Species Responses to Environmental Fluctuations : impacts of food web interactions and noise color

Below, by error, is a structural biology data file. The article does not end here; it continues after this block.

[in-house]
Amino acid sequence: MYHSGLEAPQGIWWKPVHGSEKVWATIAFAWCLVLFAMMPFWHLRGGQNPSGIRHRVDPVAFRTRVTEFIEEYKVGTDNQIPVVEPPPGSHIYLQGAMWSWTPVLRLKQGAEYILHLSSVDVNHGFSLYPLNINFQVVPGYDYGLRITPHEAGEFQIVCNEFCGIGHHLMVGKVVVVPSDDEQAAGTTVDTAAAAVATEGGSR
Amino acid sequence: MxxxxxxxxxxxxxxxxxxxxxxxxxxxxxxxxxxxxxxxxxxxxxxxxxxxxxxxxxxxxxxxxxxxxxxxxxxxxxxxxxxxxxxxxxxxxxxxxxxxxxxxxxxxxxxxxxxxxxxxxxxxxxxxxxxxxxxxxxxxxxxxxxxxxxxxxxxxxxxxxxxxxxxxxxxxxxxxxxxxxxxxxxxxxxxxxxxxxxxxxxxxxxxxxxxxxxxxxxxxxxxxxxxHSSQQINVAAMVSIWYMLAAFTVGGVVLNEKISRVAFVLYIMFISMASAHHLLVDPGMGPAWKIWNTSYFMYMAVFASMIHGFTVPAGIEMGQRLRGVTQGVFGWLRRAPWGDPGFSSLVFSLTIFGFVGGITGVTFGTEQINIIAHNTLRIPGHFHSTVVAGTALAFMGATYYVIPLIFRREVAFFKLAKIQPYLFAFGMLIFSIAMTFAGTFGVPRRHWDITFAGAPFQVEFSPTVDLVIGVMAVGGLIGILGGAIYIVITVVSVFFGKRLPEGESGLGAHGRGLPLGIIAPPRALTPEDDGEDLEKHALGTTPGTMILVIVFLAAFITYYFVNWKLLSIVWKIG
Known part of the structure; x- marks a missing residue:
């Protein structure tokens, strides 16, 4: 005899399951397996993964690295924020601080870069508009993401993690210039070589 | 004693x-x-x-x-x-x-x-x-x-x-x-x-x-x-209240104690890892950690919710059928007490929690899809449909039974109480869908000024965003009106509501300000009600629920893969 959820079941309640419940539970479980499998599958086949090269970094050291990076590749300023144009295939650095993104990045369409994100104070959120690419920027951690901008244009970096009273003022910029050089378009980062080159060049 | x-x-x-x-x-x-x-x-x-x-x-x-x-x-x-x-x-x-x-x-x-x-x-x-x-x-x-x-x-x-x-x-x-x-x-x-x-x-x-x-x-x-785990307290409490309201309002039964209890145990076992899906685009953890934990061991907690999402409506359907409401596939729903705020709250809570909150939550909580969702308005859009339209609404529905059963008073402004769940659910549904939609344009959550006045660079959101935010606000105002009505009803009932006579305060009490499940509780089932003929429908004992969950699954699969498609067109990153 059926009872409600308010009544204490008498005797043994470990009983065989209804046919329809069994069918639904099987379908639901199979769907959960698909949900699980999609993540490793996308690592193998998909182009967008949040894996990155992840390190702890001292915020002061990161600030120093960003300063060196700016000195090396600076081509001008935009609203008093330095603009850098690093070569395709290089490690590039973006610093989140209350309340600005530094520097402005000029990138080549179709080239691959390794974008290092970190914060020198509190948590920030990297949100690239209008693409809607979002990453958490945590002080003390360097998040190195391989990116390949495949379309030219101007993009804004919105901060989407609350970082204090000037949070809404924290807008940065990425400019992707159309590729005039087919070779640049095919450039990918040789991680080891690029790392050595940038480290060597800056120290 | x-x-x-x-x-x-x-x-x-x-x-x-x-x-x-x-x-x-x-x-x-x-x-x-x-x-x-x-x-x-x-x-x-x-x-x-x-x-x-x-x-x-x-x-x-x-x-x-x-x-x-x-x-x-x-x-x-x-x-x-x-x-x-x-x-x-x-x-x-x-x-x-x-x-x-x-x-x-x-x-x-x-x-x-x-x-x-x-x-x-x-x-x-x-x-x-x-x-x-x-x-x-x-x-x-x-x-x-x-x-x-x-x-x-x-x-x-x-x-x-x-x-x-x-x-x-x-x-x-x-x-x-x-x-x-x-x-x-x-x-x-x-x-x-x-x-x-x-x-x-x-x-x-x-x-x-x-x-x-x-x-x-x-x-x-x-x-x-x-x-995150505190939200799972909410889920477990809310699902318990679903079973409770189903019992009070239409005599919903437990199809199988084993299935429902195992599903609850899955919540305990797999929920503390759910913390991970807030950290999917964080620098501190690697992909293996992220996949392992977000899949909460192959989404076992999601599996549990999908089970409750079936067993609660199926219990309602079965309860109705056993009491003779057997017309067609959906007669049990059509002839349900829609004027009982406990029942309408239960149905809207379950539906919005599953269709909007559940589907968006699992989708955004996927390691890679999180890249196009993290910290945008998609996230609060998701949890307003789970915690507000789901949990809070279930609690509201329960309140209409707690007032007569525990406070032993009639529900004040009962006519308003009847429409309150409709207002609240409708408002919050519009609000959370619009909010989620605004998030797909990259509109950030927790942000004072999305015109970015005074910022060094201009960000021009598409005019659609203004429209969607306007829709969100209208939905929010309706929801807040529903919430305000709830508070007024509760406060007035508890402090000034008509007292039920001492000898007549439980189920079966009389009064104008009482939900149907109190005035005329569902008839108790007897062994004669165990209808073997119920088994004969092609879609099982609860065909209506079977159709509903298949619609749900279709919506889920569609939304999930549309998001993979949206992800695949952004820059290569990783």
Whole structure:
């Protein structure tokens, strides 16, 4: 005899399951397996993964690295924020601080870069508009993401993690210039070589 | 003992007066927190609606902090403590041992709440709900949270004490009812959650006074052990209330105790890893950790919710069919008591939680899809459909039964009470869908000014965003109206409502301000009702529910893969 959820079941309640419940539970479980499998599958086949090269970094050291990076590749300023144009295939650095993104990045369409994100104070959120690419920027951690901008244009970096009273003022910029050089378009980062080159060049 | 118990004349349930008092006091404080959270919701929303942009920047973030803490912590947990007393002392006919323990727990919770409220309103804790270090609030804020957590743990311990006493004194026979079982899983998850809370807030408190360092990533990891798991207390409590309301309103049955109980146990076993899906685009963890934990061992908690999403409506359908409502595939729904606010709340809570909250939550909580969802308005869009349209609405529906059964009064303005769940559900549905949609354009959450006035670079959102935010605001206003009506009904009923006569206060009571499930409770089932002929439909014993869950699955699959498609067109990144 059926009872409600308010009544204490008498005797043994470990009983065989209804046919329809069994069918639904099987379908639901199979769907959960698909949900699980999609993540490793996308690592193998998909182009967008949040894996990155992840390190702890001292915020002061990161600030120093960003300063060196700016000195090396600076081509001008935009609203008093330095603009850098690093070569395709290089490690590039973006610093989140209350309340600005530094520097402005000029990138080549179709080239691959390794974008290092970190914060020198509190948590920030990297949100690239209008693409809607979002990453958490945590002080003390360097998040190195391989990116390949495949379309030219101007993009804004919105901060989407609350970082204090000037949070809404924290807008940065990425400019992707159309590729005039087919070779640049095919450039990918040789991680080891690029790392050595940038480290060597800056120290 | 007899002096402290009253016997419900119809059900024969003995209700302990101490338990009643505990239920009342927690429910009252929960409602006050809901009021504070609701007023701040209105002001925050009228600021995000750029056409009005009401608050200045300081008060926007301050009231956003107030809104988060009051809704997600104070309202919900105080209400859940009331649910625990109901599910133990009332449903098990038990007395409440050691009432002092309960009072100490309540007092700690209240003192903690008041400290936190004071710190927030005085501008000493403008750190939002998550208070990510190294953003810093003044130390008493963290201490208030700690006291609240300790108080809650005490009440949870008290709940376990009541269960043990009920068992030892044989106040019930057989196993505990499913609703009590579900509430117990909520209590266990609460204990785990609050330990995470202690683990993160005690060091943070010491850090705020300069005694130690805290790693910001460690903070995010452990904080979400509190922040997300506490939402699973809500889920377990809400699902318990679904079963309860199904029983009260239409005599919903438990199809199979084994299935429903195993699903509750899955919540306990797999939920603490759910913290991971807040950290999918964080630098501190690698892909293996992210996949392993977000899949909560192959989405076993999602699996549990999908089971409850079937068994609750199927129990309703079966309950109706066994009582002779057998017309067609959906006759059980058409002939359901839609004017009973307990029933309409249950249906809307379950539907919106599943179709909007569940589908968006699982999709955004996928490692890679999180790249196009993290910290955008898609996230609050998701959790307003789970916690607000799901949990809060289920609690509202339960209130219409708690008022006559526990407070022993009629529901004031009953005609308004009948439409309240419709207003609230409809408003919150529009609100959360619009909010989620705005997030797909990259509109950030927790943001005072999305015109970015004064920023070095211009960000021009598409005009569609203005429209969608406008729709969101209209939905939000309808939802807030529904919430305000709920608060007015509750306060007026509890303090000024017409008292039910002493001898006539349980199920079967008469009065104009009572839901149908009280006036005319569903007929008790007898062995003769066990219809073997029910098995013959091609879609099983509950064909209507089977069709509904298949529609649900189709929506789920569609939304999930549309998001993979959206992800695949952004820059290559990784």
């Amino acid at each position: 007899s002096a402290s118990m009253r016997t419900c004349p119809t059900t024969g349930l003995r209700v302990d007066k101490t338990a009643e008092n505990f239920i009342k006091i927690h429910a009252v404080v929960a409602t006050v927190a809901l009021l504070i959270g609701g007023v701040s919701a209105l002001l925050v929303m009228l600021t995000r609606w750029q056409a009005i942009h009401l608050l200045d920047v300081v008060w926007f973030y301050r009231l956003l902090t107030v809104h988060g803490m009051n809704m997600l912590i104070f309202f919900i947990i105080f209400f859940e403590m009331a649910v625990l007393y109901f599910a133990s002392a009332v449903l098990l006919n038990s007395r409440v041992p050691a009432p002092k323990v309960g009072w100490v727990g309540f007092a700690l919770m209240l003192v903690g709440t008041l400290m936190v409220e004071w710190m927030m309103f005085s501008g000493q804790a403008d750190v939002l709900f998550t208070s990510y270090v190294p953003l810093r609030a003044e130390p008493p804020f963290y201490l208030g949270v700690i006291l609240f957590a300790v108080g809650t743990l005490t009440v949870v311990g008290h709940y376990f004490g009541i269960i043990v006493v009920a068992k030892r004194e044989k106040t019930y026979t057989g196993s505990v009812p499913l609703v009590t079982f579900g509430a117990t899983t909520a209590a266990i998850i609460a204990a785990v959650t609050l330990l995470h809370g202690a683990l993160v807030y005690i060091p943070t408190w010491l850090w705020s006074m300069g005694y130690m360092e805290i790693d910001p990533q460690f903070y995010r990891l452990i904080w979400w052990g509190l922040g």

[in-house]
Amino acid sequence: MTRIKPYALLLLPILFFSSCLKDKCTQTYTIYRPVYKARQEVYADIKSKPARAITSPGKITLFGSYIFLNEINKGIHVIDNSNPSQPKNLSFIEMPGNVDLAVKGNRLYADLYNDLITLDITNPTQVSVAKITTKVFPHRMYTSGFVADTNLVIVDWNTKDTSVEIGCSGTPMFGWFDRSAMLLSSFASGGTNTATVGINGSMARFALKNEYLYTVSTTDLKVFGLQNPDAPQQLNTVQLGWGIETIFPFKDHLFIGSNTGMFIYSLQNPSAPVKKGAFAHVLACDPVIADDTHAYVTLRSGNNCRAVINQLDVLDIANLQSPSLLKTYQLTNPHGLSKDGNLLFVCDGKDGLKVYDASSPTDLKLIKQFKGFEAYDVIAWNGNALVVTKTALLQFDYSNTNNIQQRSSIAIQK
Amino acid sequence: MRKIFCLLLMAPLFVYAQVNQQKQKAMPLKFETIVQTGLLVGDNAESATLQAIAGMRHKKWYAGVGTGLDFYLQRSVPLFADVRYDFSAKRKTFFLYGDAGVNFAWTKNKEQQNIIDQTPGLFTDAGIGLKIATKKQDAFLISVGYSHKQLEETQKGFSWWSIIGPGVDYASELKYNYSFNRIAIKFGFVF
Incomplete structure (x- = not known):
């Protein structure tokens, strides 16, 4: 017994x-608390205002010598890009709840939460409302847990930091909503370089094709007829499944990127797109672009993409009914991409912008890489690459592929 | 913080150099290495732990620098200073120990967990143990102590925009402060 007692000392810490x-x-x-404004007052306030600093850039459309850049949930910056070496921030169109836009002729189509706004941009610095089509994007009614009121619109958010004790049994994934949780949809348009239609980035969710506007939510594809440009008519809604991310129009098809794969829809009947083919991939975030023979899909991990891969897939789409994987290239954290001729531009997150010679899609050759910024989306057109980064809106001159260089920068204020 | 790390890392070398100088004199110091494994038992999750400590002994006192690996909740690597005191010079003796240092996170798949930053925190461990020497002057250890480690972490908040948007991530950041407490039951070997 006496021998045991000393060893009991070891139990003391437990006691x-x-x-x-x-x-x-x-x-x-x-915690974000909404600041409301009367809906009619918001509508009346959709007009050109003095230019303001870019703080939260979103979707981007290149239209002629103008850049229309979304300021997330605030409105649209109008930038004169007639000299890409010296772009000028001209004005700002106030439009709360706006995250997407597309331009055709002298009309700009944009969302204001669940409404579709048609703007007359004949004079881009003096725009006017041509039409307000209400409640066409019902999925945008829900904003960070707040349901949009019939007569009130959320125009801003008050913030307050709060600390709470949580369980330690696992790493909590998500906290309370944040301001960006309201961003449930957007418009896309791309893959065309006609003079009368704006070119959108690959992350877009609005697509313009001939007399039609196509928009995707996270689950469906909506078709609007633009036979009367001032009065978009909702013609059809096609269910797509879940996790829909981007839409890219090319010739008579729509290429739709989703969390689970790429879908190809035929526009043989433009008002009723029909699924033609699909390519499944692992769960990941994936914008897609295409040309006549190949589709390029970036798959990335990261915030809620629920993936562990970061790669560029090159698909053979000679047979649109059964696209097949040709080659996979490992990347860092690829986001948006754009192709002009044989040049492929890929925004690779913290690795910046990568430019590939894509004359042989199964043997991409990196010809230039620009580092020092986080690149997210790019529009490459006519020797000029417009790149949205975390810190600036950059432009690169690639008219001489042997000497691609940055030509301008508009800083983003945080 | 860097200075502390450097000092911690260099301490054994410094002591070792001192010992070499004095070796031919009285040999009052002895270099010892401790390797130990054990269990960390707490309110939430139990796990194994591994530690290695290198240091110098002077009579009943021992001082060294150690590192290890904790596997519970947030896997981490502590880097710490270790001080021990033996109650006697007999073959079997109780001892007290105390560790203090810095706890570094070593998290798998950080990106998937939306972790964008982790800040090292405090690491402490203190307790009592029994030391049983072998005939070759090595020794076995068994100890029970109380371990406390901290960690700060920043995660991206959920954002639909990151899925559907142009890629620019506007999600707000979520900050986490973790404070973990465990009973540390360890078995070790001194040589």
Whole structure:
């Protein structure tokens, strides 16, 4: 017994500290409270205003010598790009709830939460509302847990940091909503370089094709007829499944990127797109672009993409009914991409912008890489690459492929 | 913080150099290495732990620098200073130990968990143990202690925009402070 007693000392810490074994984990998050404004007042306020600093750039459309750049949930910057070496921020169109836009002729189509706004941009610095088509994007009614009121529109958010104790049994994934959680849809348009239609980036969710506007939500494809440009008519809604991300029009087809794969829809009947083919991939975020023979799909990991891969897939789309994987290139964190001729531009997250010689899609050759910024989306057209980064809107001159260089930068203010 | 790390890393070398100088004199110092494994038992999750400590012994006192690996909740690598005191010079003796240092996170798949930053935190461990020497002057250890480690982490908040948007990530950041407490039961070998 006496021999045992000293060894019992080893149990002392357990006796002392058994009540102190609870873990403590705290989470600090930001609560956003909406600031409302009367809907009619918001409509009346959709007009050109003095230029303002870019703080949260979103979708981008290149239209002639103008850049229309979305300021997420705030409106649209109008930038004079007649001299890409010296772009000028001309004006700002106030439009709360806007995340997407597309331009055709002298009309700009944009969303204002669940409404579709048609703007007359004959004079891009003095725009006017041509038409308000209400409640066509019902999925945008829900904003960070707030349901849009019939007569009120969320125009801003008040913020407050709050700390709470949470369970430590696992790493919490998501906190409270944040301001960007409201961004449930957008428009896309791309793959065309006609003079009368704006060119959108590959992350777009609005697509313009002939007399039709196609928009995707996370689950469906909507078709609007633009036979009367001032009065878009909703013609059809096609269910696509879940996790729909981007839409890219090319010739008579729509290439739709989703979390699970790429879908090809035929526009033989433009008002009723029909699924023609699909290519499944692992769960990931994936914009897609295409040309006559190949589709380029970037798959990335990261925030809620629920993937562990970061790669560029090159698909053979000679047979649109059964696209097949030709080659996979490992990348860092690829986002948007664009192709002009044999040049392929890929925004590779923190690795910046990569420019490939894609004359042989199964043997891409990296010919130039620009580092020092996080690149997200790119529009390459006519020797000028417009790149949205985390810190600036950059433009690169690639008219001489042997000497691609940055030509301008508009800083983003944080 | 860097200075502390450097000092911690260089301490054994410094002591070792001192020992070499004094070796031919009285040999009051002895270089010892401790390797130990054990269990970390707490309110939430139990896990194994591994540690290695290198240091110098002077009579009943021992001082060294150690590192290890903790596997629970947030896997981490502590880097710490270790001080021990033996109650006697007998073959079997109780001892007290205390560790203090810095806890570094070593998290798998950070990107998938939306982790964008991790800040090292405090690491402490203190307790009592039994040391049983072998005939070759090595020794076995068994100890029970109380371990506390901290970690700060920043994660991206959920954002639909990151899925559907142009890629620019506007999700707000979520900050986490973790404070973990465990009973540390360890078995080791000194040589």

Sammanfattning: Species constantly experience changes in their environmental conditions owing to natural or human induces reasons. Understanding how species respond to these fluctuations are important for ecology, especially given the ongoing climate change. Empirical studies have shown that species respond differently to the same disturbance. However, our knowledge of what create these differences in the environmental response is limited and in most cases based on studies focusing on single species. In this thesis, I have taken a theoretical approach and used dynamical models to investigate how the population dynamics of species are affected by species-species interactions and environmental fluctuations. In the first paper (Paper I) I investigated how a species respond to environmental fluctuations when isolated or embedded in a food web. The study showed that species-species interactions had an effect in temporally positively autocorrelated environments (red noise) but not in uncorrelated environments (white noise). This was owing to species following their equilibrium densities in red environments which in turn enabled species-species interactions to come into play. Red environmental variables are more prominent in nature than white. Thus, these results show the importance of using a food web approach when analyzing species response to environmental fluctuations. The most commonly discussed effect of climate change is an elevated mean temperature. This shift is expected to affect the growth rate of many species. However, there is no robust theory of how we should expect species in food webs to respond to a rise in temperature. In the second paper (Paper II) I defined and studied the dynamic rate of food webs(DR) acting analogously to single species growth rate. I found that the higher DR the easier for species population densities to follow their equilibrium over time. Both DR and noise color changed the temporal relationship between the population and the environmental noise. Thus, it is of major importance to take the scale of time into consideration when investigating species response to environmental fluctuations. Another important factor which affect population dynamics is species spatial distributions. Dispersal between subpopulations enable individuals to rescue or prolong the time to extinction for the population seen as a whole. In the third paper (Paper III), I investigated how species in food webs respond to environments that varies both in time and space and compared the results with the one from single species. I found that single species were stabilized by an increased dispersal rate independent of the noise color. Species-species interactions had an effect for some of the species in these landscapes.At red asynchronous noise, one resource species in each food web had a local minimum in stability at low dispersal rate. Here, dispersal decoupled local population dynamics and prevented species from tracking their equilibriums. At high dispersal rates, all resource species and their single species counterparts were stabilized by dispersal as local patch dynamics lost its importance. Environmental noise together with the spatial dimension does seem to explain much of the stability properties of species on our planet. However, natural ecosystems are much more complex and species rich than the food web models I have used so far. Theoreticians have previously had a hard time describing stable complex systems that survive environmental fluctuations. Thus, in my fourth and last project (PaperIV) I investigated how species population dynamics are affected by environmental fluctuations when embedded in larger food webs. These systems were built by connecting food web modules with periodic boundary conditions (PBC). The PBC method has previously helped physicists to understand the nature of waves and particles by removing the edges in systems. I found that food web size does not have to have a negative effect on food web stability. I showed that by removing the destabilizing effect of edges it is possible to describe large stable food webs, more similar to natural ecosystems. Overall, the research presented here give new insights into species responses to environmental fluctuations. They especially highlight the importance of considering both species interactions and environmental noise color when studying population dynamics in a fluctuating environment. A food web approach is necessary when analyzing species population dynamics and planning for conservation actions, especially when studying the effects of climate change on biodiversity.
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